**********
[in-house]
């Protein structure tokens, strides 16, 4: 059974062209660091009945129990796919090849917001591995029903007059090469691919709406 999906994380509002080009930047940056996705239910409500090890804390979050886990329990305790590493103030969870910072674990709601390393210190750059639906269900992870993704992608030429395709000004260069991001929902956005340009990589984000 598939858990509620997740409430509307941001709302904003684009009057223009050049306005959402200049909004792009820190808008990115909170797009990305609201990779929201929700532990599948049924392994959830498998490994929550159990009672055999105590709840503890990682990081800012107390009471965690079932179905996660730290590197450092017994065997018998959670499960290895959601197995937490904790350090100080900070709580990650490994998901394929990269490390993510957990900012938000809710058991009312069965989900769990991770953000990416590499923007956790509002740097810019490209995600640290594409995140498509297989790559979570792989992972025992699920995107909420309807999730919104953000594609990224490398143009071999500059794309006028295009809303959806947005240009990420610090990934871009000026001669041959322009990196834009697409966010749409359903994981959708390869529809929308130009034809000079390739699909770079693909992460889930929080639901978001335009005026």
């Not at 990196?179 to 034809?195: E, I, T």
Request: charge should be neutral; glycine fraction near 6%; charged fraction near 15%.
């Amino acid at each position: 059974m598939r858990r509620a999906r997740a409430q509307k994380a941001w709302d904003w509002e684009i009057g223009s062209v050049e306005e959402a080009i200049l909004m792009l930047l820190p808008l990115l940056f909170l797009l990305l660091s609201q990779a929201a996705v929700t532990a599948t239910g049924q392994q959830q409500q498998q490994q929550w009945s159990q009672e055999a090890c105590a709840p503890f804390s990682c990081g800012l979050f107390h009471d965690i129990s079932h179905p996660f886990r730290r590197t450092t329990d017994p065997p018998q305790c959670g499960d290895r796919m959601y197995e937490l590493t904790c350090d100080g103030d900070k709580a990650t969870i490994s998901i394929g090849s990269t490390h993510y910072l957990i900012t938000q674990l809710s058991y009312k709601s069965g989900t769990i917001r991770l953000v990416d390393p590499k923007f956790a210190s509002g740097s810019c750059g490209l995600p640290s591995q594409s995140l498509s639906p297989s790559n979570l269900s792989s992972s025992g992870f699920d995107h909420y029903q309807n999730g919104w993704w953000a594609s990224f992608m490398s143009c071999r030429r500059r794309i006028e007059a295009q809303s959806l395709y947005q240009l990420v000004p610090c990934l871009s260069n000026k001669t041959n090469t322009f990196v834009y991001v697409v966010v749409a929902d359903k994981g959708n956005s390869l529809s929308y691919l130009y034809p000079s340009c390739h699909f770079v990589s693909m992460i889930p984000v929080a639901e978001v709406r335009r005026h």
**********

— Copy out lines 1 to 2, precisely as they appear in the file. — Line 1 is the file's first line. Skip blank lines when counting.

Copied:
[in-house]
């Protein structure tokens, strides 16, 4: 059974062209660091009945129990796919090849917001591995029903007059090469691919709406 999906994380509002080009930047940056996705239910409500090890804390979050886990329990305790590493103030969870910072674990709601390393210190750059639906269900992870993704992608030429395709000004260069991001929902956005340009990589984000 598939858990509620997740409430509307941001709302904003684009009057223009050049306005959402200049909004792009820190808008990115909170797009990305609201990779929201929700532990599948049924392994959830498998490994929550159990009672055999105590709840503890990682990081800012107390009471965690079932179905996660730290590197450092017994065997018998959670499960290895959601197995937490904790350090100080900070709580990650490994998901394929990269490390993510957990900012938000809710058991009312069965989900769990991770953000990416590499923007956790509002740097810019490209995600640290594409995140498509297989790559979570792989992972025992699920995107909420309807999730919104953000594609990224490398143009071999500059794309006028295009809303959806947005240009990420610090990934871009000026001669041959322009990196834009697409966010749409359903994981959708390869529809929308130009034809000079390739699909770079693909992460889930929080639901978001335009005026």